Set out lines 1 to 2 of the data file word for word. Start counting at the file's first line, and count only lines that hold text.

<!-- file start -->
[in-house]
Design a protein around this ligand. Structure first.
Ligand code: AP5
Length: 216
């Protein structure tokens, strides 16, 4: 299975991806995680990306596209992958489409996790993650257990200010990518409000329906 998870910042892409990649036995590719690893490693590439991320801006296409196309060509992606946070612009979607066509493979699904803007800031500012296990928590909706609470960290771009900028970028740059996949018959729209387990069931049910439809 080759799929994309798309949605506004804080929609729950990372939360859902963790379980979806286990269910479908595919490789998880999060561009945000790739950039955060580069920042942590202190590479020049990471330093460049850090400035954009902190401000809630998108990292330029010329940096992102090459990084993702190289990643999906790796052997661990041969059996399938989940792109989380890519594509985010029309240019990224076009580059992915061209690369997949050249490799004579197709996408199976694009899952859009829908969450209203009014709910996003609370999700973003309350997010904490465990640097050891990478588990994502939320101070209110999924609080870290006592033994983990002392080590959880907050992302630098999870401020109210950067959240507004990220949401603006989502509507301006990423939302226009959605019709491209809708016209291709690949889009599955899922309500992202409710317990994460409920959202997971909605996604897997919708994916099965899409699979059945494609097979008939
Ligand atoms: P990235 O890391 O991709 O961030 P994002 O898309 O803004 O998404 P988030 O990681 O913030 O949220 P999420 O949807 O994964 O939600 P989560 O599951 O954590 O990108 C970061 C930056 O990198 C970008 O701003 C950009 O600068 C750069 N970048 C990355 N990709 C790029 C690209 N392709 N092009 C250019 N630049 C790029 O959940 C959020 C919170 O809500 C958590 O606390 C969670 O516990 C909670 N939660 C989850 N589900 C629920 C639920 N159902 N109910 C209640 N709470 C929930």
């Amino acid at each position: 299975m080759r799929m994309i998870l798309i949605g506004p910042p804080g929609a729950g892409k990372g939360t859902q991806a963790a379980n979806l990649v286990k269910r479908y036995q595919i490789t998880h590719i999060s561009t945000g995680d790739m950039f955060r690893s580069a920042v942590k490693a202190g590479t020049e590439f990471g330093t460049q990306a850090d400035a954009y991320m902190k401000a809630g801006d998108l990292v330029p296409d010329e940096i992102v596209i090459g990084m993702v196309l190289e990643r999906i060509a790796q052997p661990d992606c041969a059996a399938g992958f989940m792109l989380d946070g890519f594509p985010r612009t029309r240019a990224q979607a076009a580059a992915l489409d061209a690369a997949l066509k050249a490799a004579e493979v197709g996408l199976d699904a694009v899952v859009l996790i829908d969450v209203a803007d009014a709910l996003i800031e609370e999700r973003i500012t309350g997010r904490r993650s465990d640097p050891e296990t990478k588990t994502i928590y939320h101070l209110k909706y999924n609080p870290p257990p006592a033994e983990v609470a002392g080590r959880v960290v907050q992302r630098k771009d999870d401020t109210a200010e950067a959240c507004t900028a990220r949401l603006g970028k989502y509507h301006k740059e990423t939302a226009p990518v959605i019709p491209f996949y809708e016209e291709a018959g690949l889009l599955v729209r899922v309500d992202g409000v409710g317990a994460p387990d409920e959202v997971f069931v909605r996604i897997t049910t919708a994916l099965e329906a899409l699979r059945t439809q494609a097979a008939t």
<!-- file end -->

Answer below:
[in-house]
Design a protein around this ligand. Structure first.